Object name: NGC6992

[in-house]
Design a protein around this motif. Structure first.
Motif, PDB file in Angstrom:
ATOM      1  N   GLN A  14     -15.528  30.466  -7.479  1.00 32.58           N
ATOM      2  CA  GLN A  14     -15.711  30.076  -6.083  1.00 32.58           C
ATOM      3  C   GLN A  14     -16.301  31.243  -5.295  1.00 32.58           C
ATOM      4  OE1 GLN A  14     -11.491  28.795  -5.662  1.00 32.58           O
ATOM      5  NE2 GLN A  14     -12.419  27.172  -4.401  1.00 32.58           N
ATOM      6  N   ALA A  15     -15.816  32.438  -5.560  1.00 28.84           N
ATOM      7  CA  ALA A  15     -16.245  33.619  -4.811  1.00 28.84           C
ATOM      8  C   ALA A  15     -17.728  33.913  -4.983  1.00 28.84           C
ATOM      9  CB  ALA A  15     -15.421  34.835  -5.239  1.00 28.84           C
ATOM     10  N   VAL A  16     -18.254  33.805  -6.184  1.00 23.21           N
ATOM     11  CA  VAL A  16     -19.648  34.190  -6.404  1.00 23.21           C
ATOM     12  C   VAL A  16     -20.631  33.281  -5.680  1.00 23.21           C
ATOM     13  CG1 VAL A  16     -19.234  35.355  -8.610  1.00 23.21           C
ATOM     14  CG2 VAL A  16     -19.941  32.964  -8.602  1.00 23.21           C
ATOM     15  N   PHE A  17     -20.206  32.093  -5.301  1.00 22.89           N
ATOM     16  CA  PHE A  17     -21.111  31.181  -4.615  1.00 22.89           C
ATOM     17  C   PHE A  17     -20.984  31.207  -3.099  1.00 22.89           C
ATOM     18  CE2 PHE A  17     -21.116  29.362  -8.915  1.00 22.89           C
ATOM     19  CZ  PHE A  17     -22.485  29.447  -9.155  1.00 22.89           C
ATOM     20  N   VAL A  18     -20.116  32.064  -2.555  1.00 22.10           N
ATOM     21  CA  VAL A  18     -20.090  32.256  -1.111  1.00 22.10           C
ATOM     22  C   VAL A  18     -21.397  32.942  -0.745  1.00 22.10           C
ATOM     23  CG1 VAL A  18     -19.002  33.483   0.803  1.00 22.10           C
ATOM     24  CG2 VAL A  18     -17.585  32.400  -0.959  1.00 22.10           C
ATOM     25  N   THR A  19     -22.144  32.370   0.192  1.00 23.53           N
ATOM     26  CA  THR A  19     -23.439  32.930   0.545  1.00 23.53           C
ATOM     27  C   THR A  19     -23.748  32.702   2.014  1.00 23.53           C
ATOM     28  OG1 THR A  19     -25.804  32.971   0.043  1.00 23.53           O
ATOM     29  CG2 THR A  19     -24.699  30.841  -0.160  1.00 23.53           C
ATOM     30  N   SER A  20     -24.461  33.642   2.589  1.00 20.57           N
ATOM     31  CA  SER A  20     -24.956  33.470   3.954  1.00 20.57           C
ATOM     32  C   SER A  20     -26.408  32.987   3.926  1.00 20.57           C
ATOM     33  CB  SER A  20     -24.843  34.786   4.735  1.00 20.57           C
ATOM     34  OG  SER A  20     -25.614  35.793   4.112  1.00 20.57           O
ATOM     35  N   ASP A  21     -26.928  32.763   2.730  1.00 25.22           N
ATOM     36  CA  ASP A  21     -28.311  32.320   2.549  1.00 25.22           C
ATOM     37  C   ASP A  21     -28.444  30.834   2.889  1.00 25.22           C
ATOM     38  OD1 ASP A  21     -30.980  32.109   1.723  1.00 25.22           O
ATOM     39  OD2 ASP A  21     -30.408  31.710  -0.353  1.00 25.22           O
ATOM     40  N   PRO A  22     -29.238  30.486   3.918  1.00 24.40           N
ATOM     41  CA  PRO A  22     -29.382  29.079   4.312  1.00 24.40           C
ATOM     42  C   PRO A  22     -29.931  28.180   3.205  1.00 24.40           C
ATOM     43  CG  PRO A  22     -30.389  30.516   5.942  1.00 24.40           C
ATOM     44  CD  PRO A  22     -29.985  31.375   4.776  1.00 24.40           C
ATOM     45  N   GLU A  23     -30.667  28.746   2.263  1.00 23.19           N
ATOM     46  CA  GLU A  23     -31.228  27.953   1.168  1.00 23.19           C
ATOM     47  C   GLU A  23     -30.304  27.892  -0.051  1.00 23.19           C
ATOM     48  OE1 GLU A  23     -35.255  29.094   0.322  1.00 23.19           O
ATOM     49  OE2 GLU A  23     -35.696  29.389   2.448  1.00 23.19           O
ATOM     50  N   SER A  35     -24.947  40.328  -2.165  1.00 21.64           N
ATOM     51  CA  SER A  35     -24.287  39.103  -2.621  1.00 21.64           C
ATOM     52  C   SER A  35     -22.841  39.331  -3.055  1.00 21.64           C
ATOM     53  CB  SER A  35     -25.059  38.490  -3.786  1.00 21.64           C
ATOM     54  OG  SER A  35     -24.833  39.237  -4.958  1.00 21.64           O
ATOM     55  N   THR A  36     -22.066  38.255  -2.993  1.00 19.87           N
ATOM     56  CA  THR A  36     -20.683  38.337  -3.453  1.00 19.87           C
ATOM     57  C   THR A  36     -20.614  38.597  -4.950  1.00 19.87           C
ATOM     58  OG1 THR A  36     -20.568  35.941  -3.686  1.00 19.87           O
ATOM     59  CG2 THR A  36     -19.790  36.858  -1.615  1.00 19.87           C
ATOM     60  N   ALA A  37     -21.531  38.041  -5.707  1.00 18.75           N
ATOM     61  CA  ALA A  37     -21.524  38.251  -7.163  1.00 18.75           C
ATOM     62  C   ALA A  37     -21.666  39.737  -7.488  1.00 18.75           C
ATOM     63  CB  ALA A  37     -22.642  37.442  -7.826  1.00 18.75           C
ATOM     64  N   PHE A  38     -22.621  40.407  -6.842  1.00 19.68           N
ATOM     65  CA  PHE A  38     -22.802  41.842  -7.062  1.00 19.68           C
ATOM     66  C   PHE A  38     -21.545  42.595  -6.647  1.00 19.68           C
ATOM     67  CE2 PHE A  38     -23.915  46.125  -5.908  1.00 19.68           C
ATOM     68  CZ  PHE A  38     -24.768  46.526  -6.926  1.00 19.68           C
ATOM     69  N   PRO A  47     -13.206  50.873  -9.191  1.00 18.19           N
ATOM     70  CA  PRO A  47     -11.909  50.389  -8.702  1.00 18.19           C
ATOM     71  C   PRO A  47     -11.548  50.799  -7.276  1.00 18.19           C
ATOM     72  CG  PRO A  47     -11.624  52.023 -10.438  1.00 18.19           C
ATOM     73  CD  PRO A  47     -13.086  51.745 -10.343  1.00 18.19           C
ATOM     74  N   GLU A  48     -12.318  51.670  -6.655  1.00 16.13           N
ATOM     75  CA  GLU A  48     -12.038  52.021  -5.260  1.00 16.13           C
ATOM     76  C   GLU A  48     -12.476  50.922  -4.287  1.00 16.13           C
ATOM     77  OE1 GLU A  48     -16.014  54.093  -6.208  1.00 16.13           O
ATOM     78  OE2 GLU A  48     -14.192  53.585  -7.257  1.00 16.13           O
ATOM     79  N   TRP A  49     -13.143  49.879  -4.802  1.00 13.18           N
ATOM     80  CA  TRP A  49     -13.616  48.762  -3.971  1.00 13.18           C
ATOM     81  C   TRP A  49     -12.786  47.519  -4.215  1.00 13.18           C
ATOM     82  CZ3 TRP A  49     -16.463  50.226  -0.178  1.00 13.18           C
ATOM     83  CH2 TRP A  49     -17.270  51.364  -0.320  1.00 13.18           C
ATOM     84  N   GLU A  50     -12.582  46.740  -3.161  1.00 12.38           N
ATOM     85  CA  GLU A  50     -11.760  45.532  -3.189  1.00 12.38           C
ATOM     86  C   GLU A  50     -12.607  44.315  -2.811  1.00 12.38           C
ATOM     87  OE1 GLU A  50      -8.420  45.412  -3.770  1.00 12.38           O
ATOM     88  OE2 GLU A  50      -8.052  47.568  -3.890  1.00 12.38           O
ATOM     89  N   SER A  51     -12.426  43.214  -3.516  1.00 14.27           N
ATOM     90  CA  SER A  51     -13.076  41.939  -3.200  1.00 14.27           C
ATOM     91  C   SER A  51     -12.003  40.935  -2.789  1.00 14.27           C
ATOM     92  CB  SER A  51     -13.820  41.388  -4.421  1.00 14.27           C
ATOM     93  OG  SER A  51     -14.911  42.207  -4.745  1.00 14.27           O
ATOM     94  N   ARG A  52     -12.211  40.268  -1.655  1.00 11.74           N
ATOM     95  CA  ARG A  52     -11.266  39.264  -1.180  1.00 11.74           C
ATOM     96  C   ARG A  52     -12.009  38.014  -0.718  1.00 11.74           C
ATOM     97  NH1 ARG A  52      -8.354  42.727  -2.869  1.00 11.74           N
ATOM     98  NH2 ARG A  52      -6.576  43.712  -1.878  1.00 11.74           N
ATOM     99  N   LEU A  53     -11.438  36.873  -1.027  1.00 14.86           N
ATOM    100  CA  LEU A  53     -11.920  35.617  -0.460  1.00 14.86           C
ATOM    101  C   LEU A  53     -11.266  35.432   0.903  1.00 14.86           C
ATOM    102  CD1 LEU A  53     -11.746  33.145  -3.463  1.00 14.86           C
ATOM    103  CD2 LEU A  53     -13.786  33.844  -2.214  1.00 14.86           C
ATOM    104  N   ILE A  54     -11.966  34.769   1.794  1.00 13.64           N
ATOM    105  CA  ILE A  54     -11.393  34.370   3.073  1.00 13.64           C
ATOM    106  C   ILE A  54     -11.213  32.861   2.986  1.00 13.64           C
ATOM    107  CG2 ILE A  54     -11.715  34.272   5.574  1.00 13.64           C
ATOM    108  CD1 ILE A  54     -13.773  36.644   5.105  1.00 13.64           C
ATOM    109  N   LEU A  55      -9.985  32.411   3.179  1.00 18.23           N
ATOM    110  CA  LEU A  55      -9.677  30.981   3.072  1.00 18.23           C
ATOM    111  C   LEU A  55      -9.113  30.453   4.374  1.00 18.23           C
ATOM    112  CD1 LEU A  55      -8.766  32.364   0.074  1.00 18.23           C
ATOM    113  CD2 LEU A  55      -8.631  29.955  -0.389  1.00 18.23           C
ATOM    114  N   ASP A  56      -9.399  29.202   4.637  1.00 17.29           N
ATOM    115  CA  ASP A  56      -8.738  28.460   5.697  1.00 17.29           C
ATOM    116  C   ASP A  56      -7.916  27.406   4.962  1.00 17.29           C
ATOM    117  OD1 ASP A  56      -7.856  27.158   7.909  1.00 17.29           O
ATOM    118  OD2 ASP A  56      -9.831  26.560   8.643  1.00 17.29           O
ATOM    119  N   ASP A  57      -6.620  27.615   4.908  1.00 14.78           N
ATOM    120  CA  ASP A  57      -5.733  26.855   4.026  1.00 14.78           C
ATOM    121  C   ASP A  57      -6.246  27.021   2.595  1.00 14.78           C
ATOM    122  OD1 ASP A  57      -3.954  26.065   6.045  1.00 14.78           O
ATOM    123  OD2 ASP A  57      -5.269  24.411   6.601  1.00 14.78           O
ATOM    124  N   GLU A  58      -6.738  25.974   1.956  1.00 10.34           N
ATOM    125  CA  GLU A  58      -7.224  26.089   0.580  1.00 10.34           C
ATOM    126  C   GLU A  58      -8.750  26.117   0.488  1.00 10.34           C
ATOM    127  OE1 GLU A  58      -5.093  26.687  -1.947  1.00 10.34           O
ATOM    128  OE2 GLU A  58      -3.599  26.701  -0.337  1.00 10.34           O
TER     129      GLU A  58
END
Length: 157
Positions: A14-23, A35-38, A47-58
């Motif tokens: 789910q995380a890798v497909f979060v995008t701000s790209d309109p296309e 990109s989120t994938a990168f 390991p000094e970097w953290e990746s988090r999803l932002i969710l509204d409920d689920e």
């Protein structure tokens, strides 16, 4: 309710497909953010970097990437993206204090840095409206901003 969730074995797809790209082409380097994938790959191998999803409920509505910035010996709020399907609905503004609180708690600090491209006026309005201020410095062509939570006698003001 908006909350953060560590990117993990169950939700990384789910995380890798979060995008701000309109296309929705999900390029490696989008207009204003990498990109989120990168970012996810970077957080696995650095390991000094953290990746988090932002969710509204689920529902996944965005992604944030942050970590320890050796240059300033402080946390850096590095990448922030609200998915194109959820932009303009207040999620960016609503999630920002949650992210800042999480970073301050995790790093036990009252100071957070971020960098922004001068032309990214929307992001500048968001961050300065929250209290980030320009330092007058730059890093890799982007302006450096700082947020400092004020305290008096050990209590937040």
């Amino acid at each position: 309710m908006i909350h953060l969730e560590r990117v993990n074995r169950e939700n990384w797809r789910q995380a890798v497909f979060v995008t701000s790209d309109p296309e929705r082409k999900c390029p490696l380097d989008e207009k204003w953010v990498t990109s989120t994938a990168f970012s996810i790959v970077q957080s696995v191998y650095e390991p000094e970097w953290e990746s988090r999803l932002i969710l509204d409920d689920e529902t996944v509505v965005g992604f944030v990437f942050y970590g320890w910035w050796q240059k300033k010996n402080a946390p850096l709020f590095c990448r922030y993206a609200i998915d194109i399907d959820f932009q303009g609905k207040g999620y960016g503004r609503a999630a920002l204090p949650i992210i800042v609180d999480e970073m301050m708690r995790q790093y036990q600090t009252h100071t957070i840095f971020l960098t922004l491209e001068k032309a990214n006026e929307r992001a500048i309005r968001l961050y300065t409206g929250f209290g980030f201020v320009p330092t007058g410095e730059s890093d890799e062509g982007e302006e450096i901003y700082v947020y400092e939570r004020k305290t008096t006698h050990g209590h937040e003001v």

The Cygnus Loop is a huge bubble of gas blown by a supernova some 15,000 years ago about 2600 light-years from us according to the HST website. APOD says 7500 years ago and 1400 light years distant. Other sources give other figures but the ratio stays rather constant. In other words, this one is still rather unknown as to distance and time though the trend is making it smaller and nearer. It was said to be over 100,000 years old when I first learned of it nearly 60 years ago! Various parts of it go by various common names. Veil, Witches Broom, Pickering's Triangle and others. It also has several NGC and IC numbers. You need a system with over a three degree field of view to see the entire bubble, 6 times the size of the full moon. Like most bubbles, it is the edges that are the easiest to see as the gas there is thicker from our perspective. The portion in my frame is of the northeastern edge of the bubble known as NGC 6992. My field is way too small for even that so I have just part of it. I'd need at least four such images to cover all of NGC 6992. That was my intent last summer but weather prevented it from happening. It took several nights just to get this one part.